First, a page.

Lifting the veil on conflict, culture and politics
Germany slips up again in Afghanistan
Germany has slipped up again in Afghanistan, mistakenly killing five Afghan soldiers after losing three of its own soldiers in a gunfight with insurgents in the northern province of Kunduz. For a nation with little appetite for a war 3,000 miles away, the losses couldn’t come at a worse time. Germany is still feeling the repercussions of an incident in September in which its forces called in a U.S. air strike that killed scores of people, at least 30 civilians, the deadliest incident involving German forces since World War 11.
But just what is Germany up against in Kunduz? While the intensity of the Taliban insurgency in Afghanistan’s southern provinces of Kandahar and Helmand has received the most attention, the situation in the Germans part of the north has deteriorated rapidly. Soldiers earlier on could patrol in unarmored vehicles. Now there are places where they cannot move even in armored vehicles without an entire company of soldiers according to this story.
Indeed the Taliban have made a dramatic comeback in Kunduz just as they come under pressure in the south, according to this report in the Washington Post. Local officials and residents say two of the province’s districts are almost completely under Taliban control. There, girls’ schools have been closed down, women are largely prohibited from venturing outdoors unless they are covered from head to toe, and residents are forced to pay a religious “tax”, usually amounting to 10 percent of their meager wages. (You would have to wonder, again, the wisdom of seeking reconciliation with the Taliban given their extreme view of women is unchanged, but that’s a separate issue at the moment).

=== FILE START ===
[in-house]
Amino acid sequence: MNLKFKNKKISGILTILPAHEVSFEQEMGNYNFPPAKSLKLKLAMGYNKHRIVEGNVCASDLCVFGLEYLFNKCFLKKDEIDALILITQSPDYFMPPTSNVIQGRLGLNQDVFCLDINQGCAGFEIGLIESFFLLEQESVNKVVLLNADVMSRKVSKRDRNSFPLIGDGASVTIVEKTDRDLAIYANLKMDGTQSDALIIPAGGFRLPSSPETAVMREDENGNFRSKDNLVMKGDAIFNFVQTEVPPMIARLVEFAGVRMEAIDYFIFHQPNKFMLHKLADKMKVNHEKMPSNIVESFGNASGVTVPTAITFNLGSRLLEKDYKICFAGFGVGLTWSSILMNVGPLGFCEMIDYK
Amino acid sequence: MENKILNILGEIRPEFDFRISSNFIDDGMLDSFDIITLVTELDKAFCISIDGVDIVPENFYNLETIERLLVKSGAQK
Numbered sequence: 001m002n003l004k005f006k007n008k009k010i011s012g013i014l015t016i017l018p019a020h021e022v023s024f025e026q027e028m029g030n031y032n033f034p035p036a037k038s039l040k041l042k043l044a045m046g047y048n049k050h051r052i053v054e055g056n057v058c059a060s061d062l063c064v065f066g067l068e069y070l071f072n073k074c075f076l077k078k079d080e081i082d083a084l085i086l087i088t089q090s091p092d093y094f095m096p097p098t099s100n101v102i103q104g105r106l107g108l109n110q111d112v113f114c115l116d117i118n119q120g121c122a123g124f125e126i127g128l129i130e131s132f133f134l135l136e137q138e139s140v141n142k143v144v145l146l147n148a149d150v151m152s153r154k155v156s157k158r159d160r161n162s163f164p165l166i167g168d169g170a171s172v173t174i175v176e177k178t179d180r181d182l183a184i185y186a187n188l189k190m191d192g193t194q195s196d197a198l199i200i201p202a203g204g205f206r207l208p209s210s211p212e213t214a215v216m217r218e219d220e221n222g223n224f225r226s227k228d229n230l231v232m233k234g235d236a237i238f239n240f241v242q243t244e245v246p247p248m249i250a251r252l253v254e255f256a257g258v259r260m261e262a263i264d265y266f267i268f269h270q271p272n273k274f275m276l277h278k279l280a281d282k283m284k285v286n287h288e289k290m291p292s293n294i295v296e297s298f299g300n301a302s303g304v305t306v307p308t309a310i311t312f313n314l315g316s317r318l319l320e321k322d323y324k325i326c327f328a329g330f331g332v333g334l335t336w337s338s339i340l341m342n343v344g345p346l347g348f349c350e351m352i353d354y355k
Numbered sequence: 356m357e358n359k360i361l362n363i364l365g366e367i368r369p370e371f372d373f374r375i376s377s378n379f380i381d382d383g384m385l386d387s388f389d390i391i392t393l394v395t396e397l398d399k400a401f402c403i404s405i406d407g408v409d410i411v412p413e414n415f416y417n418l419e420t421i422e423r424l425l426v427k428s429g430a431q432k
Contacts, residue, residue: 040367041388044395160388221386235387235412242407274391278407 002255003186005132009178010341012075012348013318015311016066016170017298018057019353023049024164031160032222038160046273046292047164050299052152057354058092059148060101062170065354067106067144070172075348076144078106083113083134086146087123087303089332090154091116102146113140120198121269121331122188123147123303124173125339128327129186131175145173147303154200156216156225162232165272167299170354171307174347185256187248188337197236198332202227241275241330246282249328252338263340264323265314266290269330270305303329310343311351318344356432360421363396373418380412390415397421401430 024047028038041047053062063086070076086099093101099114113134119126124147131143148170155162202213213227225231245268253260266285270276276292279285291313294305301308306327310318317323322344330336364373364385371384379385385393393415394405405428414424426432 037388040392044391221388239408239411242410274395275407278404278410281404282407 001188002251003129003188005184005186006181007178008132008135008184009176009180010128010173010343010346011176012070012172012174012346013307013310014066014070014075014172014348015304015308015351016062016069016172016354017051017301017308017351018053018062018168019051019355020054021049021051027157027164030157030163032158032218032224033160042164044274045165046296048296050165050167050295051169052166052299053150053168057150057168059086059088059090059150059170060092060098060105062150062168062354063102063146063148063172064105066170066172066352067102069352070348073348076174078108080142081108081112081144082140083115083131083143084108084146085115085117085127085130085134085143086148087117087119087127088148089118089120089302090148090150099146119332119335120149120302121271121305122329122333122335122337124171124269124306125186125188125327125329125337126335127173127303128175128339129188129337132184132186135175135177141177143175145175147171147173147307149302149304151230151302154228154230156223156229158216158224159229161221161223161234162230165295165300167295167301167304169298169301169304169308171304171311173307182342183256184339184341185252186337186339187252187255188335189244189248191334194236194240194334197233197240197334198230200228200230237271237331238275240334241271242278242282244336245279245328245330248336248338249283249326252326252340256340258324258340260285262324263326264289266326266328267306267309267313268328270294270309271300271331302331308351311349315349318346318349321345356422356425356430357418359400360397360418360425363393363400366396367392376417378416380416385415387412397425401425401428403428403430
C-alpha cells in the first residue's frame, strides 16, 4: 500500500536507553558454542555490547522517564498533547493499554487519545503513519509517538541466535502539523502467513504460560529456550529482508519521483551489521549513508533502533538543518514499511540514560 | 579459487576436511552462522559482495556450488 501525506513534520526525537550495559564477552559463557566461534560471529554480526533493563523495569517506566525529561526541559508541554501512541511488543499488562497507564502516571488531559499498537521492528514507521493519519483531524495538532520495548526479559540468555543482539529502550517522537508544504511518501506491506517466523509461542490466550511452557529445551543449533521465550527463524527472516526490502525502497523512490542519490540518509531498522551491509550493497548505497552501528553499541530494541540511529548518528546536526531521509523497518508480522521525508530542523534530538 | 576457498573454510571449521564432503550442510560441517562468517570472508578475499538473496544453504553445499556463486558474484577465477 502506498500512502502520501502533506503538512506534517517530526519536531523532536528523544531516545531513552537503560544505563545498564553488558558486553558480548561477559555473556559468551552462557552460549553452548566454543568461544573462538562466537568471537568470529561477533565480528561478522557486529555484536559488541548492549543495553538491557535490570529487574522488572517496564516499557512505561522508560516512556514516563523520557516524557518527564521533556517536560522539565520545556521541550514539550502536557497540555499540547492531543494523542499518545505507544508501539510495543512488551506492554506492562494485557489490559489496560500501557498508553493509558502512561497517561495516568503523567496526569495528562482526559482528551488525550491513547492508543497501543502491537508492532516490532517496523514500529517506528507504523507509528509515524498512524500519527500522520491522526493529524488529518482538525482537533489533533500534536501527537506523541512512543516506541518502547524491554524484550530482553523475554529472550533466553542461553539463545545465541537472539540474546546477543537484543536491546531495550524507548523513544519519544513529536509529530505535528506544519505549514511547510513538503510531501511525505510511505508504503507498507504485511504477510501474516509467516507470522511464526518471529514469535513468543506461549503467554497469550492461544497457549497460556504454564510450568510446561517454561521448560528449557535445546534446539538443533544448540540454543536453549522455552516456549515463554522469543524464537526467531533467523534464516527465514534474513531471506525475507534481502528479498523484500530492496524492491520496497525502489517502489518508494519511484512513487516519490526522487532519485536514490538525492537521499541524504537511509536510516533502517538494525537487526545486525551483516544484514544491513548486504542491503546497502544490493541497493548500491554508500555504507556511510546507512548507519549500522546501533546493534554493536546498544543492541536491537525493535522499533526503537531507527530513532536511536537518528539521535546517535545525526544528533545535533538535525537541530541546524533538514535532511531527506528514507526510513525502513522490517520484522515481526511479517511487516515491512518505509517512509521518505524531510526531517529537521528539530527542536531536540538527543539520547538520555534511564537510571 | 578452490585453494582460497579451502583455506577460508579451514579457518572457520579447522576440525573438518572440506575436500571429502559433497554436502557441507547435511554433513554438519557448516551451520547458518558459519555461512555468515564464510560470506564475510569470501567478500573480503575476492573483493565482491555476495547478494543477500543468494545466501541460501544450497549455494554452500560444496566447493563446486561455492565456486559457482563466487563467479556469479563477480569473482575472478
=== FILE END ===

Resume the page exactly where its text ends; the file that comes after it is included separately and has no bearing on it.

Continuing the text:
Kunduz is also critical because a NATO supply line from Tajikistan runs through the province. In January German Chancellor Angela Merkel committed an additional 500 troops to Afghanistan on top of the 4,300 already in theatre and in February Germany’s Bundestag lower house of parliament voted to increase its troop count in Afghanistan, up to 850, which would raise its mandate for the country to a total of 5,350 soldiers. Furthermore, in recent weeks the United States military has said that at least part of the additional troops ordered by President Obama under the surge will be deployed to Kunduz.
A post on The New York Times At War blog a few months ago put things in perspective, showing just how inadequate the force size had been in northern Afghanistan. The regional command north, which Germany heads, has just 6,000 NATO soldiers, 8,000 members of the Afghan National Army and 12,000 members of the Afghan National Police, trying to control an area of more than 60,000 square miles, or roughly half the size of Germany, with 11 million inhabitants, it said.
By contrast, New York City’s 305 square miles and 8 million residents (where, incidentally, there is no insurgency and no unforgiving mountain range) has roughly 34,000 officers keeping the peace. No wonder it’s the Taliban who call the shots.
One former German army chief said merely bolstering the troop numbers in Kunduz wasn’t enough. German troops need better equipment such as a reconnaissance system to avoid incidents such as the killing of Afghan troops in friendly fire. Harald Kujat, who was the Bundeswehr’s Chief of Staff from 2000 to 2002, blasted the government for having learnt nothing from the Kunduz air strike about reconnaissance and communication systems, and said the “friendly fire” killing of six Afghan soldiers could have been avoided.